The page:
Stacey Boyd has spent her entire career in education, as a teacher, a principal, and an entrepreneur. She saw firsthand how programs like music, art, and P.E. helped students succeed, but how hard it was to get funds to support those programs and how easy it was for them to get cut. So three years ago, inspired by that proven formula for academic success, she launched Schoola, an online marketplace that puts paintbrushes, books, baseballs and violins back into the hands of children in schools across the U.S. using a unique fundraising solution… the resale of gently used women’s and kids’ clothing.
“Close to 80% of schools in the U.S. have had some sort of cut in funding and the very first programs to go are art, music, drama, and physical education, these things that we know make a huge difference in the lives of kids.”
What’s now hailed as an “amazing mash-up of community building, upcycling and commerce,” started with a simple idea… have parents clean out their closets for the benefit of their school. Stacey’s vision became a reality when a few innovative schools took her call to run a clothing drive during the last (and busiest) week of the 2012-2013 school year. Parents sent in their gently used clothing, Stacey listed the clothes on the Schoola site at great prices, and the buying began. In the end, the participating schools received proceeds from every item sold to use to fund those critical programs that most often end up on the “budget cuts” chopping block. The concept quickly grew in reach and an altruistic, education-based brand was born.
Today, over 300,000 families are part of the Schoola family and solution, donating, shopping, and helping to fundraise for more than 20,000 schools nationwide. And getting involved could not be easier… you can request a postage-paid donation bag to fill with gently used kids’ and women’s clothing that you mail from home or you can book a school-wide clothing drive (any school in the contiguous U.S. can participate).
Once the apparel donations are received at the Schoola warehouse they are photographed and uploaded to the site, and sold for up to 70% off retail with 40% of the proceeds going directly to the donor’s school of choice.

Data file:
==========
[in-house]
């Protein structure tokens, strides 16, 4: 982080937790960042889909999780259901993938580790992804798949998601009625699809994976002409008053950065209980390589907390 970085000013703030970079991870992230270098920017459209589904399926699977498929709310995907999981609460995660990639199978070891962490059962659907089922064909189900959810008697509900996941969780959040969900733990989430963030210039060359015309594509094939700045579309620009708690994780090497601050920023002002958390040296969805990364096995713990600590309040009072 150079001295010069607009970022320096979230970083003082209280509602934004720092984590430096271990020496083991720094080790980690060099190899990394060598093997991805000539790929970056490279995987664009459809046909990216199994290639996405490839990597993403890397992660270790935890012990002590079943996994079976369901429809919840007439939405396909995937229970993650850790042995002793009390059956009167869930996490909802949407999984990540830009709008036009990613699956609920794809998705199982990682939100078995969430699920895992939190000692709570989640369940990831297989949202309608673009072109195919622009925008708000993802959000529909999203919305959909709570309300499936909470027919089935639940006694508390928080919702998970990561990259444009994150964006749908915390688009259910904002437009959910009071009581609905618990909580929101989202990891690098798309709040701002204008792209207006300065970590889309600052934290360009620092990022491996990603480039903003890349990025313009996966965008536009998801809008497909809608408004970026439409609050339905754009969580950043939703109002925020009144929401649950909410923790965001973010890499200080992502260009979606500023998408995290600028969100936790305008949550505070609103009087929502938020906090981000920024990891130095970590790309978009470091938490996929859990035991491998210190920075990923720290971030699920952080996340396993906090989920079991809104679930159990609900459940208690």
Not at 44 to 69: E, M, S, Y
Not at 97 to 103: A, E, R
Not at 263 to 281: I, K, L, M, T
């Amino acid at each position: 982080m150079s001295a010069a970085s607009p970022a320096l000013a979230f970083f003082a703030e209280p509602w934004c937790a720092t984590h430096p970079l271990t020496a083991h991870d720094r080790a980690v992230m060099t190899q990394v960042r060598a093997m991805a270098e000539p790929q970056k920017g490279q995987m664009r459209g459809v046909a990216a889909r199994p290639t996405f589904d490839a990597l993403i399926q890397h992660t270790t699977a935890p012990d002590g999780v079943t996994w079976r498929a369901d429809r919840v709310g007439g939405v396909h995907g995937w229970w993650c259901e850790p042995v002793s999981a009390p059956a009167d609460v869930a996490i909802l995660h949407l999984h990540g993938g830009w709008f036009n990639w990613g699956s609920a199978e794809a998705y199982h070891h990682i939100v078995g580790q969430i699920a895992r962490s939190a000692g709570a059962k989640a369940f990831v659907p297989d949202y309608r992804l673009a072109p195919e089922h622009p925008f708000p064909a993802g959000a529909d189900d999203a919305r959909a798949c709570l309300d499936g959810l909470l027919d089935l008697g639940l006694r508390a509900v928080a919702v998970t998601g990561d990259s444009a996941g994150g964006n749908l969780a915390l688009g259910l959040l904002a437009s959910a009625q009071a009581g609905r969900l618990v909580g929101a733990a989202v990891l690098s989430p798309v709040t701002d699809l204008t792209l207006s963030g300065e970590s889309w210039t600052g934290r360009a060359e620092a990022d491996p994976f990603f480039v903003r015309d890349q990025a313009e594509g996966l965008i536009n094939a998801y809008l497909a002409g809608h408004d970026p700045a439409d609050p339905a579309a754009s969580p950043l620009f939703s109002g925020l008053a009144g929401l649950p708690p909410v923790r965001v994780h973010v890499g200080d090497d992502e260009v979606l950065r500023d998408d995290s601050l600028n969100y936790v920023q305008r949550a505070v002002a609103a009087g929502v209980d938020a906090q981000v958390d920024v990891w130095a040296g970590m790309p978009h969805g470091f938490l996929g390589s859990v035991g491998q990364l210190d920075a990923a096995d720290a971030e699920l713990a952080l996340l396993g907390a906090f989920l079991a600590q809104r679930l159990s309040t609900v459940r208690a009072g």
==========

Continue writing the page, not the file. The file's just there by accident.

To understand the enormous impact that the Schoola concept has, consider that the site’s top earning school, KIPP Academy Middle School, has raised over $75,000 to date for their music program. Seventy-five.Thousand.Dollars!!
On a global scale, Stacey and the dedicated Schoola team recently partnered with the greatest champion of girls’ education… Malala Yousafzai. In conjunction with the release of the highly anticipated documentary film, He Named Me Malala, Schoola designed special, pre-paid clothing donation bags specifically to fundraise for the Malala Fund, which is committed to promoting girls’ education projects in the most vulnerable communities around the world. We were honored to give each of our #FearlessFestNYC guests a Schoola/Malala Fund donation bag to fill in support of this empowering cause.
To continue to encourage everyone to donate and raise money for schools throughout the year, Schoola has an ongoing #PasstheBag challenge… just request a bag, fill it with clothes, and send it in. Then challenge at least 3 friends or family members to do the same. We cannot think of a more inspired reason to clean out our closets… again, and again, and again.
What Else You Should Know About Stacey Boyd
Prior to life as the proud Founder and CEO of Schoola, Stacey, who earned her MBA and Masters in Public Policy from Harvard, created Savvy Source, an online community to help parents make the most of their child’s early education years. But she’s most proud of having founded The Academy of the Pacific Rim in 1997. One third of the children that entered the Academy were 3-5 years below grade level upon entering. At the end of its first year of operation, the Academy was one of the highest performing middle schools in Boston. In 1999, she founded Project Achieve, an information management system for primary and secondary schools which was available to 15% of US schools. In 2004, Stacey founded Global Learning Ventures, a boutique consulting firm that provided education and technology consulting services to non-profits, corporations and government entities focused on education in the Middle East and Sub-Saharan Africa.
Stacey serves on the board of the National Council for Teacher Quality. She is an advisor for PBS on its education programming and was named one of the World Economic Forum’s 100 Global Leaders for Tomorrow. She lives in San Francisco, California, with her husband, Scott Hamilton, and their two daughters.